I've always considered myself a Star Trek fan but not a Trekkie. The distinction in my mind is that I've watched the shows (though I tuned out most of the "Enterprise" prequel show) and the movies and generally enjoyed them, but I never dressed up in costume or pointy ears or went to any conventions. Still, when I was watching the franchise reboot I found myself having a die-hard Trekkie moment, thinking, "Chris Pine you are NOT Captain Kirk and you NEVER will be!" There is only one Captain Kirk and he's making stupid Priceline commercials and appearing on "Boston Legal." And despite what the movie says there is only one Spock--the old one.
All that said, the best way to summarize this movie is to say it's the "Star Trek" for "Star Wars" fans. In other words it's a big effects-driven popcorn movie with a paper-thin story that doesn't make a lot of sense. And for that reason people who have little invested in the "Star Trek" franchise will probably enjoy it, just like anyone who probably didn't care about comic books would enjoy "Wolverine."
As for me, I think I just have too much emotionally invested in Bill Shatner, Leonard Nimoy, and the REAL crew of the Enterprise to accept a cast of sexy young replacements in their Steve Jobs-redesigned green screen set. So while this may call itself "Star Trek" it's never going to really be "Star Trek" to me.
The story takes care of all that pesky continuity right off the bat with the old sci-fi staple of time travel. In this case a renegade Romulan miner named Nero goes back in time to wipe out the Federation. First he runs into the USS Kelvin, whose first officer is none other than George Kirk. And it just so happens that George's wife is having their only child--a son. (Why is his wife on the ship? Starfleet didn't have families on board until The Next Generation.) That son is of course James Tiberius Kirk.
Twenty-two years later, Jim Kirk is hanging around Iowa, where for whatever reason Starfleet has a shipyard building the future Enterprise. (Never mind that you couldn't possibly build the Enterprise on the ground because how the hell is it going to get into space? And really, Iowa? That's where you're building starships? Really?) Anyway, after getting pounded by some Starfleet recruits for hitting on Uhura, the grizzled veteran Captain Pike convinces Kirk to join up and honor his father's memory. So he does.
Three years later, the key to Nero's evil plan to destroy the Federation arrives. A distress signal is received from the planet Vulcan, home to all those pointy-eared guys like Mr. Spock, who is assigned as first officer for the Enterprise the fleet's newest and best ship. The rest of the crew is made up of other cadets like Uhura, Dr. Bones McCoy, Sulu, and Chekov. (Why would you staff your shiny new flagship with a bunch of cadets? And really, the old "we've got a distress signal and you're the closest ship because everyone else is busy" is the best you could do?) Kirk, on academic probation for cheating on the no-win scenario, is smuggled on board the Enterprise as well.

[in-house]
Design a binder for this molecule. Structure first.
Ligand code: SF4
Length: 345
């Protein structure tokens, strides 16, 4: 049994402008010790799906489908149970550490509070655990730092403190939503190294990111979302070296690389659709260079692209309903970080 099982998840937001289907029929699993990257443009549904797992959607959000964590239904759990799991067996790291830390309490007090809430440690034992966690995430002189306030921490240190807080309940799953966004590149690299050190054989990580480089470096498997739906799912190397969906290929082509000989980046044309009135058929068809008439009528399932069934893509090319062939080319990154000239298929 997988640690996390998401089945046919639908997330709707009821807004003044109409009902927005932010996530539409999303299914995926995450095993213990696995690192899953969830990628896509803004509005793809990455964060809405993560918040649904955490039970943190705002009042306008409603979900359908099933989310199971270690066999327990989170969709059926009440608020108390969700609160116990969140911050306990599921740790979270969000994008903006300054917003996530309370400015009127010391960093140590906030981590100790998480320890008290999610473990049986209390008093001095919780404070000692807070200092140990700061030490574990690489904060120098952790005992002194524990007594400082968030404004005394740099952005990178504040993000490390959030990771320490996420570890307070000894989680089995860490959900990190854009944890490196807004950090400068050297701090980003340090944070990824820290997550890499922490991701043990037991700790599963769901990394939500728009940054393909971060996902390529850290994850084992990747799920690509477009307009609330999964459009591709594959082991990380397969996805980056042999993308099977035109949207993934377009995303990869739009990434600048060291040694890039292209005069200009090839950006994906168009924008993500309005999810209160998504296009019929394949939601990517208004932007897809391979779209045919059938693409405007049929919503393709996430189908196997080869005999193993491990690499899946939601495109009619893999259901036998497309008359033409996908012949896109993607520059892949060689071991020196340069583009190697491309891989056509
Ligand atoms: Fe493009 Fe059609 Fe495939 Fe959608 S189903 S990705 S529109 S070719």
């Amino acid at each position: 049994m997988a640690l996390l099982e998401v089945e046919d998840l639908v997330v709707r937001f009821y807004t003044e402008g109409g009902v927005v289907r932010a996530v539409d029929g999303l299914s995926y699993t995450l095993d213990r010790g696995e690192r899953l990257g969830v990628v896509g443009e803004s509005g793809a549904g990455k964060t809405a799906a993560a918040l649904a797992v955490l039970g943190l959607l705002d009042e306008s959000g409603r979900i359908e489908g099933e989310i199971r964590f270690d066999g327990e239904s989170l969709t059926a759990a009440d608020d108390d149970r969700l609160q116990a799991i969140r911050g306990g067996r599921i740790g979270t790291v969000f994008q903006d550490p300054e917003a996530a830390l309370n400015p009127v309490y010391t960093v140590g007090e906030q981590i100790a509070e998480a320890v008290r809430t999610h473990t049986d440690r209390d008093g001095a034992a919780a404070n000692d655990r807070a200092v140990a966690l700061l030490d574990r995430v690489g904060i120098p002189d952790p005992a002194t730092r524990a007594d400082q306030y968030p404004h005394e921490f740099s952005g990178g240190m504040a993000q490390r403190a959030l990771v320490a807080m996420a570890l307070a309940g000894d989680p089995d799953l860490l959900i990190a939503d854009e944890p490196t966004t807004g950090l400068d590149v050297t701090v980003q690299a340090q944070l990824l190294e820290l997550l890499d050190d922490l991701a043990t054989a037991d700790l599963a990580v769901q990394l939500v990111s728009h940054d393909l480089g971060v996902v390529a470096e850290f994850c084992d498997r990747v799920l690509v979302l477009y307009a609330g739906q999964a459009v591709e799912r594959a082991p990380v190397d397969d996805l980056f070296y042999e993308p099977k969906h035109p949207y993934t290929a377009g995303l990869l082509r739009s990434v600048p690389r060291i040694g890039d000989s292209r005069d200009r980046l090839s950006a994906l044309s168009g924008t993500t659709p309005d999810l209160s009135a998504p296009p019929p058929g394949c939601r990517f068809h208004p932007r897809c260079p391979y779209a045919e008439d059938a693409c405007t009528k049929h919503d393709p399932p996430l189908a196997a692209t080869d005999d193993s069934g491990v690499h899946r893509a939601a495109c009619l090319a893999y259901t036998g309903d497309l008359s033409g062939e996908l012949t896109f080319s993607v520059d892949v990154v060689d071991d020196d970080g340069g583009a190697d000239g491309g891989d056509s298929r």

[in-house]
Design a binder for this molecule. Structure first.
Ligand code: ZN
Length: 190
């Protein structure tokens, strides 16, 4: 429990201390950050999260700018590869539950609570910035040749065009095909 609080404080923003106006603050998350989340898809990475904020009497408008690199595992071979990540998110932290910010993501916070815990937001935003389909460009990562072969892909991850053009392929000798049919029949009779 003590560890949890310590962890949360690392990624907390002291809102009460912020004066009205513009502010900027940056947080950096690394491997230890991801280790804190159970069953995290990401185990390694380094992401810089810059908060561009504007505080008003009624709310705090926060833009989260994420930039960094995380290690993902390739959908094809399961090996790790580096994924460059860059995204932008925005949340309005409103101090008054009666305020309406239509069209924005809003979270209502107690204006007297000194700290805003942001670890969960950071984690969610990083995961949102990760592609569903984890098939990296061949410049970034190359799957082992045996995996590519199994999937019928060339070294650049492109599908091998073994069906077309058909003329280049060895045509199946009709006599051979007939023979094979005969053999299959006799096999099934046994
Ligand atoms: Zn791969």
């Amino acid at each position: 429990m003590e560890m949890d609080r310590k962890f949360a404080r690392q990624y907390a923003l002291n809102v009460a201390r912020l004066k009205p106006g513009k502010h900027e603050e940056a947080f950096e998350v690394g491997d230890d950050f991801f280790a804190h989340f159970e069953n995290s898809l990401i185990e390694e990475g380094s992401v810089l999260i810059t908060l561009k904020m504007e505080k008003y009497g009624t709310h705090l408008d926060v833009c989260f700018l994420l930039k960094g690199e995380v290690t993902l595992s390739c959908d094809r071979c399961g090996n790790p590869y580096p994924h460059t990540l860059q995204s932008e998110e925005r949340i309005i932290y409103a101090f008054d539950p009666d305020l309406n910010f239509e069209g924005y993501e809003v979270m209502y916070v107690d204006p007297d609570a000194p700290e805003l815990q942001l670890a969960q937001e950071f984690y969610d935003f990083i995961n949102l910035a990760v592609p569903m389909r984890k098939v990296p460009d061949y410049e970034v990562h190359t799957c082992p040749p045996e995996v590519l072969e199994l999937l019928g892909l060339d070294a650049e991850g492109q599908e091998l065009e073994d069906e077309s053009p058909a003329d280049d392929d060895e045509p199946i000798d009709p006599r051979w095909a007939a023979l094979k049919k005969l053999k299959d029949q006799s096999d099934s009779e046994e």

From there the movie proceeds to shred the existing Star Trek continuity to thrust forward its own agenda. While this was seen as necessary to explain why everything is slightly different, it seems disrespect to fans of the old series. It's like saying, "Hey, remember what you cared about for the last 43 years? None of it happened! Get with the program." But "Star Trek II" is one of the first movies I can remember seeing with my dad and brother--now I'm just supposed to forget all that? Pretend it didn't happen? F-U Paramount and JJ Abrams.
Just to get back to my original rant, the actors all do an OK job with what they're given, though some of them aren't given much. Uhura, Sulu, Scotty, and Chekov are all given their brief moments in the spotlight to make a contribution. Though Chekov's goofy accent just makes him the film's Jar-Jar Binks--and what's with the perm? (Really I hope they cut him out of any screenings in Russia or we might have a new Cold War on our hands.) The great Simon Pegg ("Shaun of the Dead" and "Hot Fuzz") shows up late in the movie for some comic relief as Chief Engineer Scotty and has a funny scene reminiscent of one in "Star Trek IV" where Scotty gives the secret of transparent aluminum to some California engineer in the 1980s, only in this case it's someone from the future giving Scotty the key to transwarp beaming. Though I have to say I think the little joke about Scotty complaining about not getting enough to eat was sort of disrespectful to the memory of James Doohan--the REAL Scotty. As for Chris Pine as Kirk, Zach Quinto as Spock, and Karl Urban as Bones, the best they can ever hope to be are good imitators. Bruce Greenwood as Captain Pike the mentor and Eric Bana as the evil Nero do the best they can in their limited roles. (The only casting I don't understand is why Winona Ryder as Spock's mom? The dumb thing is they had to use make-up so she looked older to play the part; why not just hire an older actress for her less than five minutes of screen time? Wouldn't that save on makeup?)
Anyway, I know I'm being overly critical here. Like I said earlier, if you don't really care much about Trek then this is a fine, albeit easily forgettable, sci-fi action movie with some humor and just a smidgen of romance. And probably other die-hard fans will actually enjoy it. But I didn't. They can call it whatever they want but it won't be Star Trek to me.
(The only thing that could be worse in my mind is when George Lucas gets desperate enough to do a full reboot of Star Wars.)
That is all.
(My score: 2/4 stars)
(Metacritic score: 84)